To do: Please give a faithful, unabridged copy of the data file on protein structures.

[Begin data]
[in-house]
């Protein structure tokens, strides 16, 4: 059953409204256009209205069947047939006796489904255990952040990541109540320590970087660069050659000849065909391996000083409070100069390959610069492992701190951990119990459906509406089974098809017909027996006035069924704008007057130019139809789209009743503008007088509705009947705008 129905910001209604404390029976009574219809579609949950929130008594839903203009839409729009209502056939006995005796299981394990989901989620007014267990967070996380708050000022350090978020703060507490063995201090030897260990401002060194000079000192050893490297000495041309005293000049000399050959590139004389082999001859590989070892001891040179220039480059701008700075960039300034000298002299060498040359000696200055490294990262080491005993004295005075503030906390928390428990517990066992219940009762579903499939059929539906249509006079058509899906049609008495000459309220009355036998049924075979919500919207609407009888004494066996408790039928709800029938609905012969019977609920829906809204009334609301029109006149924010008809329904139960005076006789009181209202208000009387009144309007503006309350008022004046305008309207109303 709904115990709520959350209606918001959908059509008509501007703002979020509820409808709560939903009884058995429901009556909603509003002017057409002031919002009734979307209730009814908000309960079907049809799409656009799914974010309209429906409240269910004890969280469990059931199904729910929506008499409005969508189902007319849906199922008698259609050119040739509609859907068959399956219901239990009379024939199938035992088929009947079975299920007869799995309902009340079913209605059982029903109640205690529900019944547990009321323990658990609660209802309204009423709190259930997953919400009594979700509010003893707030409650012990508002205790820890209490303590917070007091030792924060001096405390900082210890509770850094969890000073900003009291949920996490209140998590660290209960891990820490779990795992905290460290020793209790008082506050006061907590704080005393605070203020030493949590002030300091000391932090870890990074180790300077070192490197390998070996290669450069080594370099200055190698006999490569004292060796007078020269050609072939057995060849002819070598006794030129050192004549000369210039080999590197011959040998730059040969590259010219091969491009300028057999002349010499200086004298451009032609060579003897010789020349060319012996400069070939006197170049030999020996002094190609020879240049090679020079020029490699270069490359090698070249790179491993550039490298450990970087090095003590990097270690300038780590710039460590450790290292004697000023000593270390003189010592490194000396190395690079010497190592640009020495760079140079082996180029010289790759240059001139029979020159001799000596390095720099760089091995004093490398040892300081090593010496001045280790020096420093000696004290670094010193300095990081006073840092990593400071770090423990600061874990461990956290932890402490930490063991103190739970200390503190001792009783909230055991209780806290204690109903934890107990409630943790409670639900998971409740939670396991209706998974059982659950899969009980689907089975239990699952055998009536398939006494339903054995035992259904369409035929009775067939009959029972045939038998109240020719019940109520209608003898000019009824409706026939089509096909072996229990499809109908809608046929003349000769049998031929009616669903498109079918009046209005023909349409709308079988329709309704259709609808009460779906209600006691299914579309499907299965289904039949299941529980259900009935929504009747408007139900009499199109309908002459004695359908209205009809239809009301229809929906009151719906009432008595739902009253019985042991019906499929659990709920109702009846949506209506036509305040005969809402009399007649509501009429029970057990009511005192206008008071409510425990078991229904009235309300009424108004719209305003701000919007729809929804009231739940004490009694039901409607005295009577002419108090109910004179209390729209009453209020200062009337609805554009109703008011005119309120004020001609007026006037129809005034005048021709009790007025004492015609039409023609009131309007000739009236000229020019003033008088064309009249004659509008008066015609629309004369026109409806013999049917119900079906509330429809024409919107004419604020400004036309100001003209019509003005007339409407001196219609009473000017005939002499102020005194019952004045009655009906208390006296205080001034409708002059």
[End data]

[in-house]
């Protein structure tokens, strides 16, 4: 059953409204256009209205069947047939006796489904255990952040990541109540320590970087660069050659000849065909391996000083409070100069390959610069492992701190951990119990459906509406089974098809017909027996006035069924704008007057130019139809789209009743503008007088509705009947705008 129905910001209604404390029976009574219809579609949950929130008594839903203009839409729009209502056939006995005796299981394990989901989620007014267990967070996380708050000022350090978020703060507490063995201090030897260990401002060194000079000192050893490297000495041309005293000049000399050959590139004389082999001859590989070892001891040179220039480059701008700075960039300034000298002299060498040359000696200055490294990262080491005993004295005075503030906390928390428990517990066992219940009762579903499939059929539906249509006079058509899906049609008495000459309220009355036998049924075979919500919207609407009888004494066996408790039928709800029938609905012969019977609920829906809204009334609301029109006149924010008809329904139960005076006789009181209202208000009387009144309007503006309350008022004046305008309207109303 709904115990709520959350209606918001959908059509008509501007703002979020509820409808709560939903009884058995429901009556909603509003002017057409002031919002009734979307209730009814908000309960079907049809799409656009799914974010309209429906409240269910004890969280469990059931199904729910929506008499409005969508189902007319849906199922008698259609050119040739509609859907068959399956219901239990009379024939199938035992088929009947079975299920007869799995309902009340079913209605059982029903109640205690529900019944547990009321323990658990609660209802309204009423709190259930997953919400009594979700509010003893707030409650012990508002205790820890209490303590917070007091030792924060001096405390900082210890509770850094969890000073900003009291949920996490209140998590660290209960891990820490779990795992905290460290020793209790008082506050006061907590704080005393605070203020030493949590002030300091000391932090870890990074180790300077070192490197390998070996290669450069080594370099200055190698006999490569004292060796007078020269050609072939057995060849002819070598006794030129050192004549000369210039080999590197011959040998730059040969590259010219091969491009300028057999002349010499200086004298451009032609060579003897010789020349060319012996400069070939006197170049030999020996002094190609020879240049090679020079020029490699270069490359090698070249790179491993550039490298450990970087090095003590990097270690300038780590710039460590450790290292004697000023000593270390003189010592490194000396190395690079010497190592640009020495760079140079082996180029010289790759240059001139029979020159001799000596390095720099760089091995004093490398040892300081090593010496001045280790020096420093000696004290670094010193300095990081006073840092990593400071770090423990600061874990461990956290932890402490930490063991103190739970200390503190001792009783909230055991209780806290204690109903934890107990409630943790409670639900998971409740939670396991209706998974059982659950899969009980689907089975239990699952055998009536398939006494339903054995035992259904369409035929009775067939009959029972045939038998109240020719019940109520209608003898000019009824409706026939089509096909072996229990499809109908809608046929003349000769049998031929009616669903498109079918009046209005023909349409709308079988329709309704259709609808009460779906209600006691299914579309499907299965289904039949299941529980259900009935929504009747408007139900009499199109309908002459004695359908209205009809239809009301229809929906009151719906009432008595739902009253019985042991019906499929659990709920109702009846949506209506036509305040005969809402009399007649509501009429029970057990009511005192206008008071409510425990078991229904009235309300009424108004719209305003701000919007729809929804009231739940004490009694039901409607005295009577002419108090109910004179209390729209009453209020200062009337609805554009109703008011005119309120004020001609007026006037129809005034005048021709009790007025004492015609039409023609009131309007000739009236000229020019003033008088064309009249004659509008008066015609629309004369026109409806013999049917119900079906509330429809024409919107004419604020400004036309100001003209019509003005007339409407001196219609009473000017005939002499102020005194019952004045009655009906208390006296205080001034409708002059």